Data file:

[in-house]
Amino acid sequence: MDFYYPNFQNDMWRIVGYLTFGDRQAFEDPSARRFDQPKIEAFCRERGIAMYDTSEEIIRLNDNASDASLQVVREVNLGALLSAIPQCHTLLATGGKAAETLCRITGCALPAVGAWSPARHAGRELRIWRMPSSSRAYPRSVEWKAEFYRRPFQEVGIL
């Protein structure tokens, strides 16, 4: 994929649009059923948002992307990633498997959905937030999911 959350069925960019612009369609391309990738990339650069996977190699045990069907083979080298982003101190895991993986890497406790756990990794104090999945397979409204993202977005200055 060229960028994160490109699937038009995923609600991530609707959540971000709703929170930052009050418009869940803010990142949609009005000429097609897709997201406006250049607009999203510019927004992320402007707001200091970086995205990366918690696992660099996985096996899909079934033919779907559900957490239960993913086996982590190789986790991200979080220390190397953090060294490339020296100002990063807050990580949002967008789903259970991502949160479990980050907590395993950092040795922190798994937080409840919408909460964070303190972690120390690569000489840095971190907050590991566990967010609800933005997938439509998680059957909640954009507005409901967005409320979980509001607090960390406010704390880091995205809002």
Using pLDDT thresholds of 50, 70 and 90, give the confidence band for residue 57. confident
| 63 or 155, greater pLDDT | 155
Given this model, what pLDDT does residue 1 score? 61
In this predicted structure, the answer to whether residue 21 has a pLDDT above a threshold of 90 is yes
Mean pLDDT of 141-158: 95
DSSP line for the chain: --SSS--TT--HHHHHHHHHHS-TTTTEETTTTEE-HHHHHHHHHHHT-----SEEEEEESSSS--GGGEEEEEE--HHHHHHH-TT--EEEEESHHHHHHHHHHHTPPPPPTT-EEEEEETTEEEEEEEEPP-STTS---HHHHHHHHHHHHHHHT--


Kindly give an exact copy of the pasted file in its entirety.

[in-house]
Amino acid sequence: MDFYYPNFQNDMWRIVGYLTFGDRQAFEDPSARRFDQPKIEAFCRERGIAMYDTSEEIIRLNDNASDASLQVVREVNLGALLSAIPQCHTLLATGGKAAETLCRITGCALPAVGAWSPARHAGRELRIWRMPSSSRAYPRSVEWKAEFYRRPFQEVGIL
């Protein structure tokens, strides 16, 4: 994929649009059923948002992307990633498997959905937030999911 959350069925960019612009369609391309990738990339650069996977190699045990069907083979080298982003101190895991993986890497406790756990990794104090999945397979409204993202977005200055 060229960028994160490109699937038009995923609600991530609707959540971000709703929170930052009050418009869940803010990142949609009005000429097609897709997201406006250049607009999203510019927004992320402007707001200091970086995205990366918690696992660099996985096996899909079934033919779907559900957490239960993913086996982590190789986790991200979080220390190397953090060294490339020296100002990063807050990580949002967008789903259970991502949160479990980050907590395993950092040795922190798994937080409840919408909460964070303190972690120390690569000489840095971190907050590991566990967010609800933005997938439509998680059957909640954009507005409901967005409320979980509001607090960390406010704390880091995205809002």
Using pLDDT thresholds of 50, 70 and 90, give the confidence band for residue 57. confident
| 63 or 155, greater pLDDT | 155
Given this model, what pLDDT does residue 1 score? 61
In this predicted structure, the answer to whether residue 21 has a pLDDT above a threshold of 90 is yes
Mean pLDDT of 141-158: 95
DSSP line for the chain: --SSS--TT--HHHHHHHHHHS-TTTTEETTTTEE-HHHHHHHHHHHT-----SEEEEEESSSS--GGGEEEEEE--HHHHHHH-TT--EEEEESHHHHHHHHHHHTPPPPPTT-EEEEEETTEEEEEEEEPP-STTS---HHHHHHHHHHHHHHHT--